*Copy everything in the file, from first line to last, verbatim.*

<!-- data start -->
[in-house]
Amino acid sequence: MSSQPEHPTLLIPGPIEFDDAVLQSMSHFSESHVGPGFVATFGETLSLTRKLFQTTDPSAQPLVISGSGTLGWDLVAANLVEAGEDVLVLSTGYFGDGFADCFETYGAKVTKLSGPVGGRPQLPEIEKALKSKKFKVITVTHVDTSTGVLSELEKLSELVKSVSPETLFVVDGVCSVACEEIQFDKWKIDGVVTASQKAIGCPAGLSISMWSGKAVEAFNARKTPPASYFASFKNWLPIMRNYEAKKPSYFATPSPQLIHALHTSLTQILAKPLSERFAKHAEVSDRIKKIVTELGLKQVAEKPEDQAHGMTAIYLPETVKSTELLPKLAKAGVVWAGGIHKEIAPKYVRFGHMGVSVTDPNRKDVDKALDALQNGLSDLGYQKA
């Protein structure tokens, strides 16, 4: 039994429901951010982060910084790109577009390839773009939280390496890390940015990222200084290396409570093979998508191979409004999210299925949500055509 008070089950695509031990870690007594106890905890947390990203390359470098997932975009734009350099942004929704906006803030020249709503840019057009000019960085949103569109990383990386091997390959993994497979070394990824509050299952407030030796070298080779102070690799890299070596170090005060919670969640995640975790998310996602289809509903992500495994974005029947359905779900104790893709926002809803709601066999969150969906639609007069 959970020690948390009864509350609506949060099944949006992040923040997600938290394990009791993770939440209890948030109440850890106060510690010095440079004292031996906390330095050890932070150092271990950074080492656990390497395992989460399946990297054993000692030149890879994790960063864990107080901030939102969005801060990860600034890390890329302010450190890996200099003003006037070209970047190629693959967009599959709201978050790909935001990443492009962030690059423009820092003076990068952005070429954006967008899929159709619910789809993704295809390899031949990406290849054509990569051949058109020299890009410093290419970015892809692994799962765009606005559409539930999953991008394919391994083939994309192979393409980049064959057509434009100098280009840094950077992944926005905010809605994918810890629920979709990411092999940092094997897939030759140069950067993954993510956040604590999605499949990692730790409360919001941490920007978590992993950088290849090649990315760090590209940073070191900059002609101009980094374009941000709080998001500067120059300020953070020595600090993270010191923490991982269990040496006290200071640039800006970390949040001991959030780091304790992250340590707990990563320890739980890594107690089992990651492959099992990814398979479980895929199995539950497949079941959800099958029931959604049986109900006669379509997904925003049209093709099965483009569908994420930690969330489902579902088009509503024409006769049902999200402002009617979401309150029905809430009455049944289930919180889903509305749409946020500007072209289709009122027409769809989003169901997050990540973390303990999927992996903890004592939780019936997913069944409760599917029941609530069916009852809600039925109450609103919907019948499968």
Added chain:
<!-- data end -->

[in-house]
Amino acid sequence: MSSQPEHPTLLIPGPIEFDDAVLQSMSHFSESHVGPGFVATFGETLSLTRKLFQTTDPSAQPLVISGSGTLGWDLVAANLVEAGEDVLVLSTGYFGDGFADCFETYGAKVTKLSGPVGGRPQLPEIEKALKSKKFKVITVTHVDTSTGVLSELEKLSELVKSVSPETLFVVDGVCSVACEEIQFDKWKIDGVVTASQKAIGCPAGLSISMWSGKAVEAFNARKTPPASYFASFKNWLPIMRNYEAKKPSYFATPSPQLIHALHTSLTQILAKPLSERFAKHAEVSDRIKKIVTELGLKQVAEKPEDQAHGMTAIYLPETVKSTELLPKLAKAGVVWAGGIHKEIAPKYVRFGHMGVSVTDPNRKDVDKALDALQNGLSDLGYQKA
């Protein structure tokens, strides 16, 4: 039994429901951010982060910084790109577009390839773009939280390496890390940015990222200084290396409570093979998508191979409004999210299925949500055509 008070089950695509031990870690007594106890905890947390990203390359470098997932975009734009350099942004929704906006803030020249709503840019057009000019960085949103569109990383990386091997390959993994497979070394990824509050299952407030030796070298080779102070690799890299070596170090005060919670969640995640975790998310996602289809509903992500495994974005029947359905779900104790893709926002809803709601066999969150969906639609007069 959970020690948390009864509350609506949060099944949006992040923040997600938290394990009791993770939440209890948030109440850890106060510690010095440079004292031996906390330095050890932070150092271990950074080492656990390497395992989460399946990297054993000692030149890879994790960063864990107080901030939102969005801060990860600034890390890329302010450190890996200099003003006037070209970047190629693959967009599959709201978050790909935001990443492009962030690059423009820092003076990068952005070429954006967008899929159709619910789809993704295809390899031949990406290849054509990569051949058109020299890009410093290419970015892809692994799962765009606005559409539930999953991008394919391994083939994309192979393409980049064959057509434009100098280009840094950077992944926005905010809605994918810890629920979709990411092999940092094997897939030759140069950067993954993510956040604590999605499949990692730790409360919001941490920007978590992993950088290849090649990315760090590209940073070191900059002609101009980094374009941000709080998001500067120059300020953070020595600090993270010191923490991982269990040496006290200071640039800006970390949040001991959030780091304790992250340590707990990563320890739980890594107690089992990651492959099992990814398979479980895929199995539950497949079941959800099958029931959604049986109900006669379509997904925003049209093709099965483009569908994420930690969330489902579902088009509503024409006769049902999200402002009617979401309150029905809430009455049944289930919180889903509305749409946020500007072209289709009122027409769809989003169901997050990540973390303990999927992996903890004592939780019936997913069944409760599917029941609530069916009852809600039925109450609103919907019948499968």
Added chain: